Design thinking is based on six different steps which serve to evaluate, brainstorm, visualise, and test an improved, user-centric approach to a given problem.
1. Understand the Challenge
The first step in Design Thinking involves a small team of 5 to 7 people that include experts as well as newbies led by a facilitator or coach. The objective is to educate each other on the challenge that needs solving, Mito explains, by starting with, for instance, a simple semantic analysis of the problem statement.
“For example, if the challenge is to design a way for how people will work in future, our approach would be, first, to underline the keywords: people, work, and future. We then take each word individually to figure out what it means,” he says. “’People’ could apply to the team, the company, or the ecosystem; ‘work’ is about imagining what it will look like; and ‘future’ could be robot-enabled and emotionally driven”.
The point of this step is to clarify the issue and identify the users by way of a stakeholder map, Mito explains. Once these have been identified, the next step is to meet with them for a series of qualitative interviews – whereby the objective is not a ‘yes or no’, he says, but about understanding the stories and emotions behind their answers. While stakeholders can range from the mailroom to the CEO, the management level tends to be where most struggles bottleneck and where the impact of Design Thinking is therefore most effective. He adds, “If we can solve solutions for the mid-management level, we tend also to gain the greatest support for our work.”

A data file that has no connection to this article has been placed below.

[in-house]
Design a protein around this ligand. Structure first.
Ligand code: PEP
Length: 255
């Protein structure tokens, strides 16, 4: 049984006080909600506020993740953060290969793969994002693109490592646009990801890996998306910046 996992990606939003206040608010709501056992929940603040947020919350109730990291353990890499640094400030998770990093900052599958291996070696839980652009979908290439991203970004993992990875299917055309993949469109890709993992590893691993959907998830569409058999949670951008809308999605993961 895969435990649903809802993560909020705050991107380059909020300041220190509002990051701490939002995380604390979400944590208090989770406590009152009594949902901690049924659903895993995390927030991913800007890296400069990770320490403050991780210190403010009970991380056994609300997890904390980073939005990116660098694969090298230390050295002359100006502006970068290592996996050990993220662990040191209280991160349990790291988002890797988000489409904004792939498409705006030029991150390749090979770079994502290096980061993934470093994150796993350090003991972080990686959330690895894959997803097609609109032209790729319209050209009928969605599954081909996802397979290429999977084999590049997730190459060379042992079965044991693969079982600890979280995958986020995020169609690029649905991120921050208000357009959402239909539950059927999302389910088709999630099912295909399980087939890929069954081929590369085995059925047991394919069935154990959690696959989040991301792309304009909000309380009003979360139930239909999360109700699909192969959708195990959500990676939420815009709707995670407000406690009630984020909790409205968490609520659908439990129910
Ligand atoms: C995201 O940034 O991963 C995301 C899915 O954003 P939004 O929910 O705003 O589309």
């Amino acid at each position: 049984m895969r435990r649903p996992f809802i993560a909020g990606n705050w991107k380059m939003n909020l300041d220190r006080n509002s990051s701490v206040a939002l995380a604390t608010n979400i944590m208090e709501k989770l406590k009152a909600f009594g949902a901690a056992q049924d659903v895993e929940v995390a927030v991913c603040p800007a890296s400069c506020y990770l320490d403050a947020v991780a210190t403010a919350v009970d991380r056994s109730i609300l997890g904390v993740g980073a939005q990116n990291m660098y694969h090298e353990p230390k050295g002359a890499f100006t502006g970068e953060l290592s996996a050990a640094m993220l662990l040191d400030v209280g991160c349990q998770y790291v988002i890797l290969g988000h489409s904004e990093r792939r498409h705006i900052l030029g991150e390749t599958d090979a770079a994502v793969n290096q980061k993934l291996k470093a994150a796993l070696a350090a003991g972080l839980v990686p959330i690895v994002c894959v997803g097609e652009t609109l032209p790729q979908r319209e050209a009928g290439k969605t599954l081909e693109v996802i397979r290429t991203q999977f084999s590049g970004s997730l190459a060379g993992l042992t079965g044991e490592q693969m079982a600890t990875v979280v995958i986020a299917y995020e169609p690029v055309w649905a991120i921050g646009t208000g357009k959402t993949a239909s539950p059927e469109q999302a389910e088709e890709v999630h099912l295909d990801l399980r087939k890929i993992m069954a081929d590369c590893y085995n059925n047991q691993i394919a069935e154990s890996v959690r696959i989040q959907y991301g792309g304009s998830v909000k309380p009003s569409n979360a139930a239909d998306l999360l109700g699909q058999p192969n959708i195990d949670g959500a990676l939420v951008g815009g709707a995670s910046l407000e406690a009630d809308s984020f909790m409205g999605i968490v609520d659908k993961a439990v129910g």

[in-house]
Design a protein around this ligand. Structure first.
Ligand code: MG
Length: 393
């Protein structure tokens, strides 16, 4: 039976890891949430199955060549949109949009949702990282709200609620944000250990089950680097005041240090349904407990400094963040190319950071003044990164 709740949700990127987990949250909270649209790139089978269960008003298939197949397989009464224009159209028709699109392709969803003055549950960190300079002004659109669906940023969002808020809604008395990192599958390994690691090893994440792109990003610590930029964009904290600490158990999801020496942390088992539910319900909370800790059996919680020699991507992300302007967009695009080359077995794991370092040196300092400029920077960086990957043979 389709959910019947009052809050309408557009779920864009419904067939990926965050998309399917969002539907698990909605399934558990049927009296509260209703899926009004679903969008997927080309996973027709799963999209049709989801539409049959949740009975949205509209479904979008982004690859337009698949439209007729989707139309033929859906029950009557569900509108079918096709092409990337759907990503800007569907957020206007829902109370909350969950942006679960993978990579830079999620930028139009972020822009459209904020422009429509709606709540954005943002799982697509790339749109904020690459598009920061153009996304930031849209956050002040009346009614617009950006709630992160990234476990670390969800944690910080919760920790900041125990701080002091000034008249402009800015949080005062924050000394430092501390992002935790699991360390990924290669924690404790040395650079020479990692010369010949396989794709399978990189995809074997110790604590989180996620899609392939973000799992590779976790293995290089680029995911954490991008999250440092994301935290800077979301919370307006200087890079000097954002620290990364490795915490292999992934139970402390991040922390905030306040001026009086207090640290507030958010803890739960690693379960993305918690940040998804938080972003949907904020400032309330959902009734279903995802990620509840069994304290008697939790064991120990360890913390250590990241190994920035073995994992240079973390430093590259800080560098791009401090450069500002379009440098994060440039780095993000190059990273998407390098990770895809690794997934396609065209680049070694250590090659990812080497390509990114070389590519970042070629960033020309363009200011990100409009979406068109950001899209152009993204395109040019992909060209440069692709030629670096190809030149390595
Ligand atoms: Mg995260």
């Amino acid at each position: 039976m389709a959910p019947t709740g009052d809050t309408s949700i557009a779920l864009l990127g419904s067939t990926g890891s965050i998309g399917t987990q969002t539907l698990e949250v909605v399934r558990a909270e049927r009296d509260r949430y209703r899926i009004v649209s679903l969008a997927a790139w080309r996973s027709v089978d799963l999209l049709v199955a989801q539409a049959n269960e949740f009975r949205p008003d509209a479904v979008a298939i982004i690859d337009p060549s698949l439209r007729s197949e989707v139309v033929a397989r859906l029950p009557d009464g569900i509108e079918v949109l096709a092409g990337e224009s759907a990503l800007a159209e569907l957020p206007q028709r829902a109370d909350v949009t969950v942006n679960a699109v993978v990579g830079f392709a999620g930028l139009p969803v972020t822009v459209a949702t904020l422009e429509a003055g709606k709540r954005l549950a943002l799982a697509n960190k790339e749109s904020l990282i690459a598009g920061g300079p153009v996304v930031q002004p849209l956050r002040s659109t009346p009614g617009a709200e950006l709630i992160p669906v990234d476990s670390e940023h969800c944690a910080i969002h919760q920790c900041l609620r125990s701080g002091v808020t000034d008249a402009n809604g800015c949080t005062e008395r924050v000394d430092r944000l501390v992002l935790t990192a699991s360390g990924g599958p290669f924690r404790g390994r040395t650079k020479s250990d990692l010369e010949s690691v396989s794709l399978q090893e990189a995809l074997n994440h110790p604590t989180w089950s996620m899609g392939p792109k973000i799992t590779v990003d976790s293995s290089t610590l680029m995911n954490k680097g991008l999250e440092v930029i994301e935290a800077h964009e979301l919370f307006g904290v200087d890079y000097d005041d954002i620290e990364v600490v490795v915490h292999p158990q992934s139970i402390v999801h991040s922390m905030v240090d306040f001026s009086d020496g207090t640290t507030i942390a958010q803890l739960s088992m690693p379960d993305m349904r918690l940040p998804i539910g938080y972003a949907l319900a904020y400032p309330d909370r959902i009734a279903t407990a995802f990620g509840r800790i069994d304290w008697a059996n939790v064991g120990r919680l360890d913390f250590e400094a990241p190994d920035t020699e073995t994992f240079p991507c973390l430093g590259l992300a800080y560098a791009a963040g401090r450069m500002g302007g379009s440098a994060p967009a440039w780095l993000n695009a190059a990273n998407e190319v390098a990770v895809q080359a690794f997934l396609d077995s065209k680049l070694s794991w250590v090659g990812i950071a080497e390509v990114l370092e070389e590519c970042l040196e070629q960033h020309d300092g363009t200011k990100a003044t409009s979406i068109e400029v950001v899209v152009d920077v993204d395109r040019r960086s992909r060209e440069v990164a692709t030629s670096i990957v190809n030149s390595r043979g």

2. Point of View
The first two stages result in a clear persona, which best represents the particular problem or gap at stake. “We tried to merge the various points of view into one crisp persona, complete with name and hobbies to humanise them, for solving a particular need,” Mito explains. “For example, we may come up with a 37-year-old man called Tom, who leads a team of 10 people and runs marathons in his free time. The point is that, for whatever reason, his team’s inputs are not well received or impactful. So, how can we help him overcome this challenge?”
Ideation is about brainstorming creatively, in a non-judgmental forum. Lots of sticky notes come into play to encourage the kind of “crazy disruptive ideas” that promote problem-solving solutions, Mito says. “We generally work towards 7 to 10 clusters and vote for a maximum of three that we think fit best.”